Opening Remarks by Nnimmo Bassey (Director, Health of Mother Earth Foundation) made at the Inaugural Right Livelihood Lecture following the formal inauguration of the Right Livelihood College Campus at the University of Port Harcourt on 25 November 2013.
Days come and go, but there are some that are time markers or milestones that do not fade into memory. Today is such a day. It is one of such days when seeds that will hold their ground, grow, bear fruits, support life and provide services are planted. We all are witnesses of this epochal seed planting.
Three interlocking events are taking place today and we are very pleased that the University of Port Harcourt is incubating them and sending signals of hope to our embattled nation, continent and planet. These events are the formal signing of our partnership agreement, the first Right Livelihood Lecture and the Sustainability Academy. Today is a major milestone as the University of Port Harcourt begins to work with our ecological think tank, Health of Mother Earth Foundation (HOMEF), to host the fifth of the six campuses of the Right Livelihood College (RLC). The other Campuses exist in Malaysia, Sweden, Germany, Ethiopia and Chile.
The RLC is the initiative of the Right Livelihood Award Foundation, based in Stockholm, Sweden to encourage capacity building towards achieving a world of justice, peace, solidarity and dignity. The Right Livelihood Award, popularly known as the “Alternative Nobel Prize”, has been bestowed on 153 laureates from 64 countries since inception in 1980. The awards highlight and supports outstanding achievements in the fields of peace and justice, the environment and for the awardee’s work in tackling material and spiritual poverty. We note that for us in Nigeria, Ken Saro-Wiwa/MOSOP won the prize in 1994 and I received same in 2010.
Living in the Niger Delta can be equated to living in a laboratory of contestations and experimentations birthed by failed promises, dashed hopes, brutalised lives and a thoroughly polluted environment. If we agree with our people that the environment is our life, we should also agree to a line penned in 1998 in my poem, We Thought It Was Oil But It Was Blood. That line, inspired by decades of despoliation, mayhem and bloodletting stated: We are the living long sacrificed.
The defiance of the living dead is what has drawn the attention of the world to the plight of this region. It is what has raised heroes such as Adaka Boro and Ken Saro-Wiwa. It is
It is this stubborn struggle for dignity and justice that has empowered the oppressed to stand on the ruins of our homesteads and shattered lives and proclaim we shall overcome, we shall rebuild, we shall not make be buried in the dust. It is the defiance of the hopeful.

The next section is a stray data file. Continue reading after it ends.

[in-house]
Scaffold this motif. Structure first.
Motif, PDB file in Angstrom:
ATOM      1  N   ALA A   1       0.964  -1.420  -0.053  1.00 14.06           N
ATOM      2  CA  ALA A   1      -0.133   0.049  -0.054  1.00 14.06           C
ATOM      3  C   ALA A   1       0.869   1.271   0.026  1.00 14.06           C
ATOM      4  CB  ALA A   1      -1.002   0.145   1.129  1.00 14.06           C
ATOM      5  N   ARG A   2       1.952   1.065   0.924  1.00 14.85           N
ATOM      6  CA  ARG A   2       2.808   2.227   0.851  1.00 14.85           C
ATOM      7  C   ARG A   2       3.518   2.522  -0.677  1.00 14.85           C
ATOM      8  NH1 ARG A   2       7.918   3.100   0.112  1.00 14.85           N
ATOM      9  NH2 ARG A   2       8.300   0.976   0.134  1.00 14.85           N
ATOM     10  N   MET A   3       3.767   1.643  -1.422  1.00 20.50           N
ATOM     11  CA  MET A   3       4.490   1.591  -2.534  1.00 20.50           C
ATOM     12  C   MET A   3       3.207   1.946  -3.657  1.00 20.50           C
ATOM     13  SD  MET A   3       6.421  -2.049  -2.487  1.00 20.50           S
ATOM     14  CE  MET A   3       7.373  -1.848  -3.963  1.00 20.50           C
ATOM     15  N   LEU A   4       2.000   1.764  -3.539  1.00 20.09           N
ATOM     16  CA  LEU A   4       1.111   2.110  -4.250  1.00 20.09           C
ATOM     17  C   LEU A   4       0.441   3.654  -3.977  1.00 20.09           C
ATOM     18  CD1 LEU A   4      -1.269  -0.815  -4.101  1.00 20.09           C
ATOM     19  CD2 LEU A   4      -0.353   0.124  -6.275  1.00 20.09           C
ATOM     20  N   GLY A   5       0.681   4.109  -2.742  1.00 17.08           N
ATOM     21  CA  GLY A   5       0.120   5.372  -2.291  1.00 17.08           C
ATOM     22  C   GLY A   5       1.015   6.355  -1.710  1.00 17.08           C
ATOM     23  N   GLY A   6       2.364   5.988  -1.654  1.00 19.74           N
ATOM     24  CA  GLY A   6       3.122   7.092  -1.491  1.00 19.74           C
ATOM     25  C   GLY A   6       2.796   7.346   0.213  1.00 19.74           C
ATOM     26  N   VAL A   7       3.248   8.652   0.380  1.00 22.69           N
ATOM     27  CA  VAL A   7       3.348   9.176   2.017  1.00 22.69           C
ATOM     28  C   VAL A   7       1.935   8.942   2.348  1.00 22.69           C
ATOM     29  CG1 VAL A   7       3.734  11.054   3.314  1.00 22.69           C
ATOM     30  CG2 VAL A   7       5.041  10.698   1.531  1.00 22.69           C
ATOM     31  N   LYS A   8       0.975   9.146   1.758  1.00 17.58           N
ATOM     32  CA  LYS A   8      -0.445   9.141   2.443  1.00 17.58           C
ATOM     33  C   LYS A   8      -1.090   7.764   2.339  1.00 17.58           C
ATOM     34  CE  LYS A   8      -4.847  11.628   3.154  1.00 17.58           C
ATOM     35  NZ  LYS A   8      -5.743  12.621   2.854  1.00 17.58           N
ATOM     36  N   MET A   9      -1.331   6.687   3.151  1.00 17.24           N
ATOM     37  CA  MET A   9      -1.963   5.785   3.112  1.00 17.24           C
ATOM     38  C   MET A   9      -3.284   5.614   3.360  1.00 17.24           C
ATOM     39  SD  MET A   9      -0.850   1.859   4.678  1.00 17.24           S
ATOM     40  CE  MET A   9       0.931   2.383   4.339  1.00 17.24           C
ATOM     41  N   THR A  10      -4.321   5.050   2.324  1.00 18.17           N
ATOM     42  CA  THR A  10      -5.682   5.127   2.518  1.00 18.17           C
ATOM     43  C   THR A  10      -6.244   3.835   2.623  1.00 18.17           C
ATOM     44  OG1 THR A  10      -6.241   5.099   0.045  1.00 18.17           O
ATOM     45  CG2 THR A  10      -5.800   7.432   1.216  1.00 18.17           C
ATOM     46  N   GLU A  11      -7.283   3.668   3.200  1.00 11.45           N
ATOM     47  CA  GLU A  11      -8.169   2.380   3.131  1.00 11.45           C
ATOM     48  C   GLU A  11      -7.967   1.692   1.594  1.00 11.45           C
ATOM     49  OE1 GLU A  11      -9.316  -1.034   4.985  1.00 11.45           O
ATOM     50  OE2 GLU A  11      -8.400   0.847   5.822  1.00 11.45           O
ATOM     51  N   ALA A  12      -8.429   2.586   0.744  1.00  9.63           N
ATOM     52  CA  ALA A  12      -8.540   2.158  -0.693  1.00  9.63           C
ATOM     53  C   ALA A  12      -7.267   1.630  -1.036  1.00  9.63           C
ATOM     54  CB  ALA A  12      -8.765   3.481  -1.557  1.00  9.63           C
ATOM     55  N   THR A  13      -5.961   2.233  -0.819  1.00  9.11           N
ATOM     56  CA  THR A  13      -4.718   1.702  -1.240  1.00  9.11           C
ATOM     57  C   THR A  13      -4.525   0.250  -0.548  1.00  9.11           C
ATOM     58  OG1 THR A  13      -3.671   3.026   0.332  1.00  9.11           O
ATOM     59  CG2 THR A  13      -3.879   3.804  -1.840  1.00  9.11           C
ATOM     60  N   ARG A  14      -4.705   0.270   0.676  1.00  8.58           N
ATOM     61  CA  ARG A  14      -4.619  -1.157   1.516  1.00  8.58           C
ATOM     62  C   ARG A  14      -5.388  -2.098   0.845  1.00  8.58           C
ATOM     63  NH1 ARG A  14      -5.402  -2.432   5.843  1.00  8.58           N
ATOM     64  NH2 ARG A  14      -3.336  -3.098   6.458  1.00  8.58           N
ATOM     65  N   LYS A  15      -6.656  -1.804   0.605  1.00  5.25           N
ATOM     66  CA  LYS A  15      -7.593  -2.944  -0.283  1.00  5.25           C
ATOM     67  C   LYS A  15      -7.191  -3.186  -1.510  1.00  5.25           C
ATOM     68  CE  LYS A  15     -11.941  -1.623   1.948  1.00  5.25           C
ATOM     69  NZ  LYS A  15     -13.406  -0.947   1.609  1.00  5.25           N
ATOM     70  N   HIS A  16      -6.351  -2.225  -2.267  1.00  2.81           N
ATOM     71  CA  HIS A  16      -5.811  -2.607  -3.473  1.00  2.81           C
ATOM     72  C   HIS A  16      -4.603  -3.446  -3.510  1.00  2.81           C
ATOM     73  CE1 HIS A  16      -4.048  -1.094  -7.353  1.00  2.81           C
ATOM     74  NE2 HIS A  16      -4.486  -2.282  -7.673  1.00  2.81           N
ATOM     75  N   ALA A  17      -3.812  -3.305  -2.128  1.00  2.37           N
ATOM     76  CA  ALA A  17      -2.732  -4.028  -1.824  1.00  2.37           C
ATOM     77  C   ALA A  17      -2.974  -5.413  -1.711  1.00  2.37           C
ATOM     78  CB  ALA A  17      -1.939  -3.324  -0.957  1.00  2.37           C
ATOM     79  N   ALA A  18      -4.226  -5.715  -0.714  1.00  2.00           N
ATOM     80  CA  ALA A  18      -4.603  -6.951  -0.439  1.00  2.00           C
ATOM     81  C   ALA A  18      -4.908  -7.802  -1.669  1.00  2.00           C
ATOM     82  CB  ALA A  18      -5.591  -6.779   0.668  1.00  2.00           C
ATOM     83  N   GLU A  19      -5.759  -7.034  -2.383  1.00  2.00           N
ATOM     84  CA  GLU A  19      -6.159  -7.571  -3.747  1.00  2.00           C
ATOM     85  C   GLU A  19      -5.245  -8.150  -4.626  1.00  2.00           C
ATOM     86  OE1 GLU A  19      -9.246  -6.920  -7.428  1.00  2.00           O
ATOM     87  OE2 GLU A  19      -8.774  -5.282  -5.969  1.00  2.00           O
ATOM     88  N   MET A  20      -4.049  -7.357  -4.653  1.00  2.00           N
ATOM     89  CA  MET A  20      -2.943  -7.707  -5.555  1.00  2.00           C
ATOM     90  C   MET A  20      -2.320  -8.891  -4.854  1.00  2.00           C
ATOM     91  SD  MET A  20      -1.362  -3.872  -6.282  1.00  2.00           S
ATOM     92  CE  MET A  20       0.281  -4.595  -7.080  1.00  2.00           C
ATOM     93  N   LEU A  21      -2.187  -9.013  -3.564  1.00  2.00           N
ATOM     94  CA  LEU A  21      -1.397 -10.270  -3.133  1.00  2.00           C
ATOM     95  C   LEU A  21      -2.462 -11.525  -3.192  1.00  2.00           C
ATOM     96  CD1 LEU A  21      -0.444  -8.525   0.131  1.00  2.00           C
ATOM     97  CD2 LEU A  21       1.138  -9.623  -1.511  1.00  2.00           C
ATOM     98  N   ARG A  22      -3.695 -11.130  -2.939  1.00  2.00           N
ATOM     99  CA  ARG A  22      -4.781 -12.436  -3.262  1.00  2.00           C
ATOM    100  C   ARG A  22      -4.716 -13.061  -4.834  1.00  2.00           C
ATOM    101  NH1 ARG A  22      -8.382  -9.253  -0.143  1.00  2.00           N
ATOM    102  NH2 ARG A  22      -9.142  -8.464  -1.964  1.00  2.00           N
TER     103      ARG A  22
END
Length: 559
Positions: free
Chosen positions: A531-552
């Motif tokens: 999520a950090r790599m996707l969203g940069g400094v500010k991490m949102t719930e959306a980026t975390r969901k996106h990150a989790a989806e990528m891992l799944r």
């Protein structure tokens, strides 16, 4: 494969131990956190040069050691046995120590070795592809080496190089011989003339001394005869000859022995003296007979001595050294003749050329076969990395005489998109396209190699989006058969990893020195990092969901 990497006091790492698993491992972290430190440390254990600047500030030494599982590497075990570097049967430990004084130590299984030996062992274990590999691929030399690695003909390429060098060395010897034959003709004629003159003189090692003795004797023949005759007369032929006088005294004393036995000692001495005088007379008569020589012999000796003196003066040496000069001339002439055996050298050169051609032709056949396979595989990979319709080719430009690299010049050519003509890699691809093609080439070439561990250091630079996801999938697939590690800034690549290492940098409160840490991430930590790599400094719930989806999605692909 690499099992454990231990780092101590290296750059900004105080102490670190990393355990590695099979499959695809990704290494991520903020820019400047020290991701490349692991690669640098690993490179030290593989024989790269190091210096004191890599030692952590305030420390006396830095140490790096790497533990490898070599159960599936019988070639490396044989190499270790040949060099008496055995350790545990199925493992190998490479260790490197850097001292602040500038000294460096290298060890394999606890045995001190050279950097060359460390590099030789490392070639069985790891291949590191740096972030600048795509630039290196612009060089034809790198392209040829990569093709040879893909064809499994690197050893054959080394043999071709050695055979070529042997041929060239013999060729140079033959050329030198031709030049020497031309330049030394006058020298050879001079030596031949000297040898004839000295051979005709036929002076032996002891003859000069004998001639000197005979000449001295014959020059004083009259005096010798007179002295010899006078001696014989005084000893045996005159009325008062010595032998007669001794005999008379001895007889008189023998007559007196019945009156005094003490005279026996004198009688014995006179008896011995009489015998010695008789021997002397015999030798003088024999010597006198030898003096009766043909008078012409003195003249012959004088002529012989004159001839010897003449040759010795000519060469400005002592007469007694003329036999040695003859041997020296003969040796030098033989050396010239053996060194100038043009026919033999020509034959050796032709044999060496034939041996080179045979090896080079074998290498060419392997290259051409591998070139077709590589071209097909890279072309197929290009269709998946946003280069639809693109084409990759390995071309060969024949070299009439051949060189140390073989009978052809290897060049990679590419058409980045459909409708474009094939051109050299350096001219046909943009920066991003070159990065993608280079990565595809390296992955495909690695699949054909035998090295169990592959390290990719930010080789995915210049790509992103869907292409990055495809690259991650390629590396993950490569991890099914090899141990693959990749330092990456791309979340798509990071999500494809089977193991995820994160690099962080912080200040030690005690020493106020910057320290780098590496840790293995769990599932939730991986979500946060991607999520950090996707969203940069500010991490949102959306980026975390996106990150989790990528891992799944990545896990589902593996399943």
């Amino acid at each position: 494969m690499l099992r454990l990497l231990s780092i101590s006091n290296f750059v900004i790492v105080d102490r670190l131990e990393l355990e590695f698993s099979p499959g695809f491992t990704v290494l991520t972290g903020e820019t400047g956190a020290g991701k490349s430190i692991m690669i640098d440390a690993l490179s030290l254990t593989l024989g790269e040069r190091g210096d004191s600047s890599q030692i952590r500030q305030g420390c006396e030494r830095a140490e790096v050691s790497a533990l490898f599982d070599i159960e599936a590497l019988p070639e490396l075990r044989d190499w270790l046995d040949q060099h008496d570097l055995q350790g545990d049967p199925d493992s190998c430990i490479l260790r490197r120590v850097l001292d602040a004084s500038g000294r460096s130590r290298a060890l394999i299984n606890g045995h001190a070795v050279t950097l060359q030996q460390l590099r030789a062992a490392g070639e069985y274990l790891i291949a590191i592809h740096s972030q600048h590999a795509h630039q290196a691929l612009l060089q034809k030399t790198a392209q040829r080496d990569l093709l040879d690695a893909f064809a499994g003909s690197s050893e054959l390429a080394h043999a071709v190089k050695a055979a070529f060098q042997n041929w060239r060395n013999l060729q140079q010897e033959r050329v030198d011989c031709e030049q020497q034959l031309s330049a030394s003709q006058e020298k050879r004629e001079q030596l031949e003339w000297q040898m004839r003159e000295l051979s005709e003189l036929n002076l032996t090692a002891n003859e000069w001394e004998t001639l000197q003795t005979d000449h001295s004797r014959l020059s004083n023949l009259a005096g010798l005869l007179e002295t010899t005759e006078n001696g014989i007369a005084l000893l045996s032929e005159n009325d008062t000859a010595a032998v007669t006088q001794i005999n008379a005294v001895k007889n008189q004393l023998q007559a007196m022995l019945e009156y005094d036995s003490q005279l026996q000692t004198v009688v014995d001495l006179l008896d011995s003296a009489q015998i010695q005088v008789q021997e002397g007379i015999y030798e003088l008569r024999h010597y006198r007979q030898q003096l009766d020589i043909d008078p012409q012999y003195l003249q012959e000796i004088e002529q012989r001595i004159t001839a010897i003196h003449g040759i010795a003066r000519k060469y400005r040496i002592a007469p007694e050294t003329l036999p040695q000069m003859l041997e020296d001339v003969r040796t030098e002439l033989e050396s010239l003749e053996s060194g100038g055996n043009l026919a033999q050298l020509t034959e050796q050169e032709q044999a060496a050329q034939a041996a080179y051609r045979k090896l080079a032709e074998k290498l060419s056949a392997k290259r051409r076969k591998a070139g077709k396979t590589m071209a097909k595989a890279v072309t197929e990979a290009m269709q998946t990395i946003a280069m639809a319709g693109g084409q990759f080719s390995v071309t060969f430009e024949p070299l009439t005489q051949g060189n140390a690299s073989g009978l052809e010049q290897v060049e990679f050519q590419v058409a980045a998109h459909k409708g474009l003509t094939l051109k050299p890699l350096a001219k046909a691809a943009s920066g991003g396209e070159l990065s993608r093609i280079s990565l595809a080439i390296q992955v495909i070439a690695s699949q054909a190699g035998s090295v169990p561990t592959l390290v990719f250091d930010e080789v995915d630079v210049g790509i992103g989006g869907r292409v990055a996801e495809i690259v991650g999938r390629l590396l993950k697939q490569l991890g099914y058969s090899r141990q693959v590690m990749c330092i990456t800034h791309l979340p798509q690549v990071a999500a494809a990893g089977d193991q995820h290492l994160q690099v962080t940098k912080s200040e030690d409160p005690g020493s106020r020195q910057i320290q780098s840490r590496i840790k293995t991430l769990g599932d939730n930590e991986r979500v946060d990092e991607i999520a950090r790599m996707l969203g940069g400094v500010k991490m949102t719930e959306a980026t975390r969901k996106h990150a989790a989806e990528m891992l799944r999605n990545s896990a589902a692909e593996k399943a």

We are hopeful that there will be more scholarship in the areas of fusing the sciences to expose the systemic root-causes of societal challenges. In particular we are hopeful that scholars will take intense look into the mix of our challenges through political, ecological, cultural, economic and technological change.
We are hopeful that young scholars will grab opportunities that this partnership will open and showcase the brilliance and energy that is so peculiarly Nigerian. The University of Port Harcourt, by its location in the oil capital of Nigeria, is well placed to provide hands-on scholarship on the impunity and rampage that has left this territory to be infamously known as one of the top ten most polluted places on the planet.
At the Health of Mother Earth Foundation, we believe that the lack of respect for our environment and peoples – the general disposition that sees Mother Earth as an object for exploitation and manipulation – is driven by neoliberal agendas that have become a creed and globalized the exploitation of the weak and insists that might is right. HOMEF believes that this state of affairs will best be tackled through conscious scholarship and building and sharing of knowledge.
To this end, we are committed to continuous ecological and political education aimed at examining the roots of exploitation of resources, labour, peoples and entire regions as a contribution, locally and globally, to the building of movements for the recovery of human/societal memory, dignity and harmonious living with full respect of natural cycles of Mother Earth. Part of this effort is what we do in our Sustainability Academy or HOME School, a session of which will hold here and in other locations over the next two days.
It is now my pleasure to present Dr Monika Griefahn, co-Chair of the Right Livelihood Award Foundation and former Minister of Environment of Germany, to deliver the UNIPORT Campus Inaugural Right Livelihood Lecture.
Solidarity & Dignity!